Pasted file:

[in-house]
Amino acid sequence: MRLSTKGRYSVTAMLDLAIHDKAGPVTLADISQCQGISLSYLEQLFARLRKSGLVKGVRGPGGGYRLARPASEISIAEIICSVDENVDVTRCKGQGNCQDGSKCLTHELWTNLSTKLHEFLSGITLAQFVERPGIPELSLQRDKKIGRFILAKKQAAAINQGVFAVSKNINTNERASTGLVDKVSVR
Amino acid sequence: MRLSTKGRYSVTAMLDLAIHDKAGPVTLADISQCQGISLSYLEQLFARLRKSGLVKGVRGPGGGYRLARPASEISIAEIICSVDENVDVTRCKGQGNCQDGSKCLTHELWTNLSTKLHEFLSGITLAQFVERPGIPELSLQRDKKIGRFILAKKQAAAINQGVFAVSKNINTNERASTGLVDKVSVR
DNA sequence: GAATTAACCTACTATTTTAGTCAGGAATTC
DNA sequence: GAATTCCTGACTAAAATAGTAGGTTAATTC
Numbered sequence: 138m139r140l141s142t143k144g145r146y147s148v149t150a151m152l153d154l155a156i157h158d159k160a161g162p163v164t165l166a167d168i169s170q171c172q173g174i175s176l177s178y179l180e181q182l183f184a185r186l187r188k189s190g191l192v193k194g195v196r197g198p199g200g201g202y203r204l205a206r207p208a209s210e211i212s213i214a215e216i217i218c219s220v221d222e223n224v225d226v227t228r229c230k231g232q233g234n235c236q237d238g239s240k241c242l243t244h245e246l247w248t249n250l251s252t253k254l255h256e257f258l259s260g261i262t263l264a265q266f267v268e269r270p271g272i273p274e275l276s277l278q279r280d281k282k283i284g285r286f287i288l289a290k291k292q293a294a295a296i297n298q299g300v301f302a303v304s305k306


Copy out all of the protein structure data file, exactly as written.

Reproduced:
[in-house]
Amino acid sequence: MRLSTKGRYSVTAMLDLAIHDKAGPVTLADISQCQGISLSYLEQLFARLRKSGLVKGVRGPGGGYRLARPASEISIAEIICSVDENVDVTRCKGQGNCQDGSKCLTHELWTNLSTKLHEFLSGITLAQFVERPGIPELSLQRDKKIGRFILAKKQAAAINQGVFAVSKNINTNERASTGLVDKVSVR
Amino acid sequence: MRLSTKGRYSVTAMLDLAIHDKAGPVTLADISQCQGISLSYLEQLFARLRKSGLVKGVRGPGGGYRLARPASEISIAEIICSVDENVDVTRCKGQGNCQDGSKCLTHELWTNLSTKLHEFLSGITLAQFVERPGIPELSLQRDKKIGRFILAKKQAAAINQGVFAVSKNINTNERASTGLVDKVSVR
DNA sequence: GAATTAACCTACTATTTTAGTCAGGAATTC
DNA sequence: GAATTCCTGACTAAAATAGTAGGTTAATTC
Numbered sequence: 138m139r140l141s142t143k144g145r146y147s148v149t150a151m152l153d154l155a156i157h158d159k160a161g162p163v164t165l166a167d168i169s170q171c172q173g174i175s176l177s178y179l180e181q182l183f184a185r186l187r188k189s190g191l192v193k194g195v196r197g198p199g200g201g202y203r204l205a206r207p208a209s210e211i212s213i214a215e216i217i218c219s220v221d222e223n224v225d226v227t228r229c230k231g232q233g234n235c236q237d238g239s240k241c242l243t244h245e246l247w248t249n250l251s252t253k254l255h256e257f258l259s260g261i262t263l264a265q266f267v268e269r270p271g272i273p274e275l276s277l278q279r280d281k282k283i284g285r286f287i288l289a290k291k292q293a294a295a296i297n298q299g300v301f302a303v304s305k306